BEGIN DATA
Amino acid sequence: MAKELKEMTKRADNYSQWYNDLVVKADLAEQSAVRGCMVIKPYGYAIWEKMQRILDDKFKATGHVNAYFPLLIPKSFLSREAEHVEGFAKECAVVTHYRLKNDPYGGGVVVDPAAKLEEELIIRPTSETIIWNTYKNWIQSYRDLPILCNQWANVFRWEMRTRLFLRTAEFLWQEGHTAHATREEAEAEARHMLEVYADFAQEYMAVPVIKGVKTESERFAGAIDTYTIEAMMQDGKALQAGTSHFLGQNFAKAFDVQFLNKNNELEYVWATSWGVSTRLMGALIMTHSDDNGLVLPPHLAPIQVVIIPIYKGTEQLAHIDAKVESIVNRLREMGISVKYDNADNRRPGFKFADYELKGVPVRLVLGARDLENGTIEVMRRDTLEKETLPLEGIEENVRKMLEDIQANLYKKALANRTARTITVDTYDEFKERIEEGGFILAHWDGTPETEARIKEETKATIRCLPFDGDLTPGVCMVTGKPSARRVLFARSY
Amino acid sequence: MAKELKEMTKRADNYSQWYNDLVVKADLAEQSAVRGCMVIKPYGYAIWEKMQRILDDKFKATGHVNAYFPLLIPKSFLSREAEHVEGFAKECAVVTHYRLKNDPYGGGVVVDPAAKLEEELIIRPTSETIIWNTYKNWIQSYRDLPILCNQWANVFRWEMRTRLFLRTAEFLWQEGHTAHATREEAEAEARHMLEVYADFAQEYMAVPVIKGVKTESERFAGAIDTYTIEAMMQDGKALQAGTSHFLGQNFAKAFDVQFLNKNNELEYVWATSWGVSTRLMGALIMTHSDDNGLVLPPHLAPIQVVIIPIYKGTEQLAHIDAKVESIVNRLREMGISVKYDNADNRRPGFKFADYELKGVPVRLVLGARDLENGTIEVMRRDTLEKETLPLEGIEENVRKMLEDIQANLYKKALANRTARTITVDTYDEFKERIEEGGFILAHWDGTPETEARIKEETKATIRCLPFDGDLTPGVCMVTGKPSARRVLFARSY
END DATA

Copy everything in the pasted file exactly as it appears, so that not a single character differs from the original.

Amino acid sequence: MAKELKEMTKRADNYSQWYNDLVVKADLAEQSAVRGCMVIKPYGYAIWEKMQRILDDKFKATGHVNAYFPLLIPKSFLSREAEHVEGFAKECAVVTHYRLKNDPYGGGVVVDPAAKLEEELIIRPTSETIIWNTYKNWIQSYRDLPILCNQWANVFRWEMRTRLFLRTAEFLWQEGHTAHATREEAEAEARHMLEVYADFAQEYMAVPVIKGVKTESERFAGAIDTYTIEAMMQDGKALQAGTSHFLGQNFAKAFDVQFLNKNNELEYVWATSWGVSTRLMGALIMTHSDDNGLVLPPHLAPIQVVIIPIYKGTEQLAHIDAKVESIVNRLREMGISVKYDNADNRRPGFKFADYELKGVPVRLVLGARDLENGTIEVMRRDTLEKETLPLEGIEENVRKMLEDIQANLYKKALANRTARTITVDTYDEFKERIEEGGFILAHWDGTPETEARIKEETKATIRCLPFDGDLTPGVCMVTGKPSARRVLFARSY
Amino acid sequence: MAKELKEMTKRADNYSQWYNDLVVKADLAEQSAVRGCMVIKPYGYAIWEKMQRILDDKFKATGHVNAYFPLLIPKSFLSREAEHVEGFAKECAVVTHYRLKNDPYGGGVVVDPAAKLEEELIIRPTSETIIWNTYKNWIQSYRDLPILCNQWANVFRWEMRTRLFLRTAEFLWQEGHTAHATREEAEAEARHMLEVYADFAQEYMAVPVIKGVKTESERFAGAIDTYTIEAMMQDGKALQAGTSHFLGQNFAKAFDVQFLNKNNELEYVWATSWGVSTRLMGALIMTHSDDNGLVLPPHLAPIQVVIIPIYKGTEQLAHIDAKVESIVNRLREMGISVKYDNADNRRPGFKFADYELKGVPVRLVLGARDLENGTIEVMRRDTLEKETLPLEGIEENVRKMLEDIQANLYKKALANRTARTITVDTYDEFKERIEEGGFILAHWDGTPETEARIKEETKATIRCLPFDGDLTPGVCMVTGKPSARRVLFARSY